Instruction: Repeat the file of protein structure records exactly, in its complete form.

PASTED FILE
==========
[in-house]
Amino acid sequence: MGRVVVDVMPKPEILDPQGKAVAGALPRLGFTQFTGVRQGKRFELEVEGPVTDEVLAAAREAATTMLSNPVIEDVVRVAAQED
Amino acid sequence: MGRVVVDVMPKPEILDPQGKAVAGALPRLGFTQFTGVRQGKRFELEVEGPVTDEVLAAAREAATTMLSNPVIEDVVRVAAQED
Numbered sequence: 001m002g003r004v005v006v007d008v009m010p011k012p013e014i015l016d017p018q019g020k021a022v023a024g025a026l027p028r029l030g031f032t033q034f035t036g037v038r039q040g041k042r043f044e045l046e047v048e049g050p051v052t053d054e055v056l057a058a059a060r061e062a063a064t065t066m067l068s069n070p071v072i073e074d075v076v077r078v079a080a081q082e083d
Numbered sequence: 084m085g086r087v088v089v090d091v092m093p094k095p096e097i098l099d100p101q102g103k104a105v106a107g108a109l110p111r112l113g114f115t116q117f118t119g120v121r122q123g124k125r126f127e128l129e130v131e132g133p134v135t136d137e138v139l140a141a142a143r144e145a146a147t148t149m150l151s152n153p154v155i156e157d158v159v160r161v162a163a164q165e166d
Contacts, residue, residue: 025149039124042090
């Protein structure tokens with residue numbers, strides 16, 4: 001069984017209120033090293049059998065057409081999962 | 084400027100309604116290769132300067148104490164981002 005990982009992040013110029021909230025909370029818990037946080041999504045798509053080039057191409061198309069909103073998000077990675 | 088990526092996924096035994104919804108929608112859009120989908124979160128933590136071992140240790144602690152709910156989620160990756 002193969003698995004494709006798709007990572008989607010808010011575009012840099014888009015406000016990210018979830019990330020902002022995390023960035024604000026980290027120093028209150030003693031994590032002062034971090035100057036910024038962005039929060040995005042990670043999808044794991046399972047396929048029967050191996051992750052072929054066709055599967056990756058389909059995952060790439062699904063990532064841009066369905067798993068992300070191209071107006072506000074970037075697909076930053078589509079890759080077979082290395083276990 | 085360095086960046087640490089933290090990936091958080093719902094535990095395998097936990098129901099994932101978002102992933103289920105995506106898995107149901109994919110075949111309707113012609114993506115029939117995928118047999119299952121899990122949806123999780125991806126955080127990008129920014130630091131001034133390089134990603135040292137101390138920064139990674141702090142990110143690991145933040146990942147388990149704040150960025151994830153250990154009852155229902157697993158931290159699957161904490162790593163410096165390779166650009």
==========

[in-house]
Amino acid sequence: MGRVVVDVMPKPEILDPQGKAVAGALPRLGFTQFTGVRQGKRFELEVEGPVTDEVLAAAREAATTMLSNPVIEDVVRVAAQED
Amino acid sequence: MGRVVVDVMPKPEILDPQGKAVAGALPRLGFTQFTGVRQGKRFELEVEGPVTDEVLAAAREAATTMLSNPVIEDVVRVAAQED
Numbered sequence: 001m002g003r004v005v006v007d008v009m010p011k012p013e014i015l016d017p018q019g020k021a022v023a024g025a026l027p028r029l030g031f032t033q034f035t036g037v038r039q040g041k042r043f044e045l046e047v048e049g050p051v052t053d054e055v056l057a058a059a060r061e062a063a064t065t066m067l068s069n070p071v072i073e074d075v076v077r078v079a080a081q082e083d
Numbered sequence: 084m085g086r087v088v089v090d091v092m093p094k095p096e097i098l099d100p101q102g103k104a105v106a107g108a109l110p111r112l113g114f115t116q117f118t119g120v121r122q123g124k125r126f127e128l129e130v131e132g133p134v135t136d137e138v139l140a141a142a143r144e145a146a147t148t149m150l151s152n153p154v155i156e157d158v159v160r161v162a163a164q165e166d
Contacts, residue, residue: 025149039124042090
């Protein structure tokens with residue numbers, strides 16, 4: 001069984017209120033090293049059998065057409081999962 | 084400027100309604116290769132300067148104490164981002 005990982009992040013110029021909230025909370029818990037946080041999504045798509053080039057191409061198309069909103073998000077990675 | 088990526092996924096035994104919804108929608112859009120989908124979160128933590136071992140240790144602690152709910156989620160990756 002193969003698995004494709006798709007990572008989607010808010011575009012840099014888009015406000016990210018979830019990330020902002022995390023960035024604000026980290027120093028209150030003693031994590032002062034971090035100057036910024038962005039929060040995005042990670043999808044794991046399972047396929048029967050191996051992750052072929054066709055599967056990756058389909059995952060790439062699904063990532064841009066369905067798993068992300070191209071107006072506000074970037075697909076930053078589509079890759080077979082290395083276990 | 085360095086960046087640490089933290090990936091958080093719902094535990095395998097936990098129901099994932101978002102992933103289920105995506106898995107149901109994919110075949111309707113012609114993506115029939117995928118047999119299952121899990122949806123999780125991806126955080127990008129920014130630091131001034133390089134990603135040292137101390138920064139990674141702090142990110143690991145933040146990942147388990149704040150960025151994830153250990154009852155229902157697993158931290159699957161904490162790593163410096165390779166650009």